Apple (AAPL) will almost certainly announce new iPhones before the end of June. So what will they look like?
Canaccord Adams analyst Peter Misek checks in with Apple’s carrier partners and reports three new iPhones in Apple’s roadmap, according to a summary by FinancialPost. These phones include:
The first is a 32GB iPhone in multiple colours that is likely to arrive during the next six months.
Next up is a lower-cost handset based on the 2.5G iPhone, which is targeted for China and India.
Third is a smaller version – about one-third the size of the 3G iPhone – that costs 40% less and is also likely before year-end.”
True? We don’t know. Plausible? Sure.
We’ve long expected Apple to add on to the high end of the iPhone line by summer, reducing the price of its current iPhones by $100. More storage capacity and more colour choices are Apple’s standard operating procedure. We’ve also read reports that the new iPhones will have more processing power to run multiple apps at once.
A cheaper phone for China and India also makes some sense. But why not just include the standard 3G chip? One possible reason: China’s biggest carrier doesn’t support the iPhone’s current 3G technology — China Mobile is building out a 3G network based on a different wireless technology. And Chinese iPhone buyers could be less likely to roam internationally. So that could be one explanation. Meanwhile, in India, 3G access hasn’t been rolled out yet; Gartner estimates only 20% of subscribers will be using 3G by 2012.
A second problem in India and other countries: mobile phones are mostly unsubsidized for prepaid plans — meaning the iPhone is even more expensive. On Apple’s most recent earnings call, COO Tim Cook said that Apple is still trying to figure out how to approach all of those markets, where “sales are clearly materially less” than they are in the “subsidized markets that have post pay contracts.” Do not expect a feature-stripped, crappy iPhone for poorer countries: “We’re not going to play in the low end voice phone business,” Cook said. “That’s not who we are.” But if Apple could reduce the cost of the current iPhone to make it more affordable unsubsidized, that could go a long way.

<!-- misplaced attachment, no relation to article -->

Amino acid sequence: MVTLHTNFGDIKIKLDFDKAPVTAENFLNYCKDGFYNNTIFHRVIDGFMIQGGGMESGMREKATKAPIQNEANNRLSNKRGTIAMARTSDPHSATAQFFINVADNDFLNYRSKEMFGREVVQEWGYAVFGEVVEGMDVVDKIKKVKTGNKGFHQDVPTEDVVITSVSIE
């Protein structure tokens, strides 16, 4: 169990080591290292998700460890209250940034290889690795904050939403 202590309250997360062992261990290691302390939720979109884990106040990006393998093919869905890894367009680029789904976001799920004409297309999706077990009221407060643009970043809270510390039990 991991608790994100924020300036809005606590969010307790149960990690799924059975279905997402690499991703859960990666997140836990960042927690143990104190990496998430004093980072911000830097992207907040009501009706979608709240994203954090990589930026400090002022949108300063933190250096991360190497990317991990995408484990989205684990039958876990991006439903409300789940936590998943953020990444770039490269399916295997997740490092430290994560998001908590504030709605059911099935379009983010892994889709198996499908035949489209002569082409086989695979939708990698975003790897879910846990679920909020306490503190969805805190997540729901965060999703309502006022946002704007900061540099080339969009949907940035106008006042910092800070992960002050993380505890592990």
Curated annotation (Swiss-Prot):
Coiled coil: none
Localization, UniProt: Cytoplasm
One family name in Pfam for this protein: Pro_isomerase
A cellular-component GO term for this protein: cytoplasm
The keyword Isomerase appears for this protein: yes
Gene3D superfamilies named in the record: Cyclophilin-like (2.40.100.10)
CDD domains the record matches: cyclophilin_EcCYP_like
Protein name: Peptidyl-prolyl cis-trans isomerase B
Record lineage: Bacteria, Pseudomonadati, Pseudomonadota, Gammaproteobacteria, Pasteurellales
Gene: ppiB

How about that smaller iPhone? We’d previously written it off. But after talking to some smart people in the wireless industry, we think it’s plausible that Apple could offer a smaller iPhone. Why? Most of the women we’ve asked love their iPhones. But many say they’d rather have a smaller one, even if it’s harder to type on.
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